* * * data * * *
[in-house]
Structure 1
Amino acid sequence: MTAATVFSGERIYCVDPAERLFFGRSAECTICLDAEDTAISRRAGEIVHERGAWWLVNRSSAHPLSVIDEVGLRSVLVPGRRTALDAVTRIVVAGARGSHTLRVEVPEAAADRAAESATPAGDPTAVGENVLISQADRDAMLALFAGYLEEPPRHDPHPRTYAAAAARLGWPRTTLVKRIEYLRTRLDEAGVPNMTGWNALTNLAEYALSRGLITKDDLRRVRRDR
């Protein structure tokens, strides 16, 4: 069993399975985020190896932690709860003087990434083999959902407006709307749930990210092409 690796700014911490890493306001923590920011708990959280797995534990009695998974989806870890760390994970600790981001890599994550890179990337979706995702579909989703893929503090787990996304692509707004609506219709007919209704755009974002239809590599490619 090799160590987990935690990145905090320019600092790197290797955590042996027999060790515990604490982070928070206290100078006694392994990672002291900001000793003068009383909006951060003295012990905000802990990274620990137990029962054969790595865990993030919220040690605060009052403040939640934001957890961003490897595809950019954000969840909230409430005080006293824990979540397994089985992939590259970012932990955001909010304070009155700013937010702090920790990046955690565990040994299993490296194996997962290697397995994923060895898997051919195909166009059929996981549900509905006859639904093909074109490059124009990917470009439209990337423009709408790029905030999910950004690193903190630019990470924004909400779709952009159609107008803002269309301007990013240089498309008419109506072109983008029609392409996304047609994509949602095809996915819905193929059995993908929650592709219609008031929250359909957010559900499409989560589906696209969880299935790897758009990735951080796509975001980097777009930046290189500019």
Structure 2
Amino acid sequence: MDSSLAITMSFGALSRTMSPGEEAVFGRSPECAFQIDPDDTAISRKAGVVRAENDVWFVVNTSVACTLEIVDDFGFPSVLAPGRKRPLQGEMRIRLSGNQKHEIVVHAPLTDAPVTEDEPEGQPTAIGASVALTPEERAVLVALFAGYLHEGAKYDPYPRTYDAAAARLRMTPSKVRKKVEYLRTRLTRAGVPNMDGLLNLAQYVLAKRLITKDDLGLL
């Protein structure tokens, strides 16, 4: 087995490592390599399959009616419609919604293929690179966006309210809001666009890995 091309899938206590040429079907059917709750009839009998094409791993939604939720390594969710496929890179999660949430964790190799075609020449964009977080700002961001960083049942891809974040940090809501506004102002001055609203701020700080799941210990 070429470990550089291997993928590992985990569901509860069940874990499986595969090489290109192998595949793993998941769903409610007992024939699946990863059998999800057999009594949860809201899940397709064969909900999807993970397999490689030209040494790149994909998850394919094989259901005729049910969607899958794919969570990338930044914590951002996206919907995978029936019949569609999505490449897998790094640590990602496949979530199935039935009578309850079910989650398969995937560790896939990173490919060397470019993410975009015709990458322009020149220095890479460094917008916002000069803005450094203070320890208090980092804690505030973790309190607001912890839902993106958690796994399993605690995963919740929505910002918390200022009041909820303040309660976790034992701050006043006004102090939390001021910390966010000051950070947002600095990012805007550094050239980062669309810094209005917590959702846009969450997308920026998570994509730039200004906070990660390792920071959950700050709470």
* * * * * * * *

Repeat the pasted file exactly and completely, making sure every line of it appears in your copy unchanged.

[in-house]
Structure 1
Amino acid sequence: MTAATVFSGERIYCVDPAERLFFGRSAECTICLDAEDTAISRRAGEIVHERGAWWLVNRSSAHPLSVIDEVGLRSVLVPGRRTALDAVTRIVVAGARGSHTLRVEVPEAAADRAAESATPAGDPTAVGENVLISQADRDAMLALFAGYLEEPPRHDPHPRTYAAAAARLGWPRTTLVKRIEYLRTRLDEAGVPNMTGWNALTNLAEYALSRGLITKDDLRRVRRDR
């Protein structure tokens, strides 16, 4: 069993399975985020190896932690709860003087990434083999959902407006709307749930990210092409 690796700014911490890493306001923590920011708990959280797995534990009695998974989806870890760390994970600790981001890599994550890179990337979706995702579909989703893929503090787990996304692509707004609506219709007919209704755009974002239809590599490619 090799160590987990935690990145905090320019600092790197290797955590042996027999060790515990604490982070928070206290100078006694392994990672002291900001000793003068009383909006951060003295012990905000802990990274620990137990029962054969790595865990993030919220040690605060009052403040939640934001957890961003490897595809950019954000969840909230409430005080006293824990979540397994089985992939590259970012932990955001909010304070009155700013937010702090920790990046955690565990040994299993490296194996997962290697397995994923060895898997051919195909166009059929996981549900509905006859639904093909074109490059124009990917470009439209990337423009709408790029905030999910950004690193903190630019990470924004909400779709952009159609107008803002269309301007990013240089498309008419109506072109983008029609392409996304047609994509949602095809996915819905193929059995993908929650592709219609008031929250359909957010559900499409989560589906696209969880299935790897758009990735951080796509975001980097777009930046290189500019």
Structure 2
Amino acid sequence: MDSSLAITMSFGALSRTMSPGEEAVFGRSPECAFQIDPDDTAISRKAGVVRAENDVWFVVNTSVACTLEIVDDFGFPSVLAPGRKRPLQGEMRIRLSGNQKHEIVVHAPLTDAPVTEDEPEGQPTAIGASVALTPEERAVLVALFAGYLHEGAKYDPYPRTYDAAAARLRMTPSKVRKKVEYLRTRLTRAGVPNMDGLLNLAQYVLAKRLITKDDLGLL
């Protein structure tokens, strides 16, 4: 087995490592390599399959009616419609919604293929690179966006309210809001666009890995 091309899938206590040429079907059917709750009839009998094409791993939604939720390594969710496929890179999660949430964790190799075609020449964009977080700002961001960083049942891809974040940090809501506004102002001055609203701020700080799941210990 070429470990550089291997993928590992985990569901509860069940874990499986595969090489290109192998595949793993998941769903409610007992024939699946990863059998999800057999009594949860809201899940397709064969909900999807993970397999490689030209040494790149994909998850394919094989259901005729049910969607899958794919969570990338930044914590951002996206919907995978029936019949569609999505490449897998790094640590990602496949979530199935039935009578309850079910989650398969995937560790896939990173490919060397470019993410975009015709990458322009020149220095890479460094917008916002000069803005450094203070320890208090980092804690505030973790309190607001912890839902993106958690796994399993605690995963919740929505910002918390200022009041909820303040309660976790034992701050006043006004102090939390001021910390966010000051950070947002600095990012805007550094050239980062669309810094209005917590959702846009969450997308920026998570994509730039200004906070990660390792920071959950700050709470």